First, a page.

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Soil Depletion

  • By: Ian Douglas
  • In: Encyclopedia of Geography
  • Edited by: Barney Warf
  • Subject:General Geography, Earth & Environmental Science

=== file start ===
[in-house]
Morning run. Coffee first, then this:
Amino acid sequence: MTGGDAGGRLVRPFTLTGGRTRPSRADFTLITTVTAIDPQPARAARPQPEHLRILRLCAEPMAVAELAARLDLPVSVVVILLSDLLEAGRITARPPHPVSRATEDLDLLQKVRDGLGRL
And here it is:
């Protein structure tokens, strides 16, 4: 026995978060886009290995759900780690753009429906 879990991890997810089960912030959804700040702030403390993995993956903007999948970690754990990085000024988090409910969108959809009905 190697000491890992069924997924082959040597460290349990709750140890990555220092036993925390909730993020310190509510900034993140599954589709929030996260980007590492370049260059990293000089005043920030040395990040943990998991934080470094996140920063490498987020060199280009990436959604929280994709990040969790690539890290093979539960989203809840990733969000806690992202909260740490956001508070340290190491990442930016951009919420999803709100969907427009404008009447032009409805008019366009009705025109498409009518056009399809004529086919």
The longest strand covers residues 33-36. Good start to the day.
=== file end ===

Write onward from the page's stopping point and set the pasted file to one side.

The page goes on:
Soil depletion is the loss of soil fertility through a decline in organic matter content, major mineral nutrients, and trace elements. Lowered levels of nutrients lead to poor crops and deficiencies in the diet of grazing animals and, thus, eventually in the human food chain. It is a major handicap in developing sustainable agriculture. The loss of nutrients is the result of both natural and anthropogenic processes. Soils more than 200,000 yrs. (years) old on rocks poor in base elements are particularly prone to nutrient and trace element depletion. In the southeastern United States, in forest soils up to 2 million yrs. old on base-poor igneous and metamorphic rocks, calcium (Ca) in the rooting zone has been leached out of the soil profile. This ...

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